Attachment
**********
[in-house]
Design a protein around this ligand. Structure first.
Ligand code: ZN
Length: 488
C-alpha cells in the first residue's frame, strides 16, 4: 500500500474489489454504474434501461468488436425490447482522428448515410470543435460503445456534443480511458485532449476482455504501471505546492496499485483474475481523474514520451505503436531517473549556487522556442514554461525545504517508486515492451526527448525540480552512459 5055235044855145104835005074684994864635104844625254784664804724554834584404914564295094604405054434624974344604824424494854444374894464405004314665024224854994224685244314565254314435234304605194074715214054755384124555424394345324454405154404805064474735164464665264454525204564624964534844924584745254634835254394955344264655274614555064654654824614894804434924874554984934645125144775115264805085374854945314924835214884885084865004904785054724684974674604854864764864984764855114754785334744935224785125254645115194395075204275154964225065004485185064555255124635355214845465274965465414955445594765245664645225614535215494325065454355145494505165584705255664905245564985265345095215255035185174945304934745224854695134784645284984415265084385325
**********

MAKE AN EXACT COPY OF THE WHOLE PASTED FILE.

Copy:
[in-house]
Design a protein around this ligand. Structure first.
Ligand code: ZN
Length: 488
C-alpha cells in the first residue's frame, strides 16, 4: 500500500474489489454504474434501461468488436425490447482522428448515410470543435460503445456534443480511458485532449476482455504501471505546492496499485483474475481523474514520451505503436531517473549556487522556442514554461525545504517508486515492451526527448525540480552512459 5055235044855145104835005074684994864635104844625254784664804724554834584404914564295094604405054434624974344604824424494854444374894464405004314665024224854994224685244314565254314435234304605194074715214054755384124555424394345324454405154404805064474735164464665264454525204564624964534844924584745254634835254394955344264655274614555064654654824614894804434924874554984934645125144775115264805085374854945314924835214884885084865004904785054724684974674604854864764864984764855114754785334744935224785125254645115194395075204275154964225065004485185064555255124635355214845465274965465414955445594765245664645225614535215494325065454355145494505165584705255664905245564985265345095215255035185174945304934745224854695134784645284984415265084385325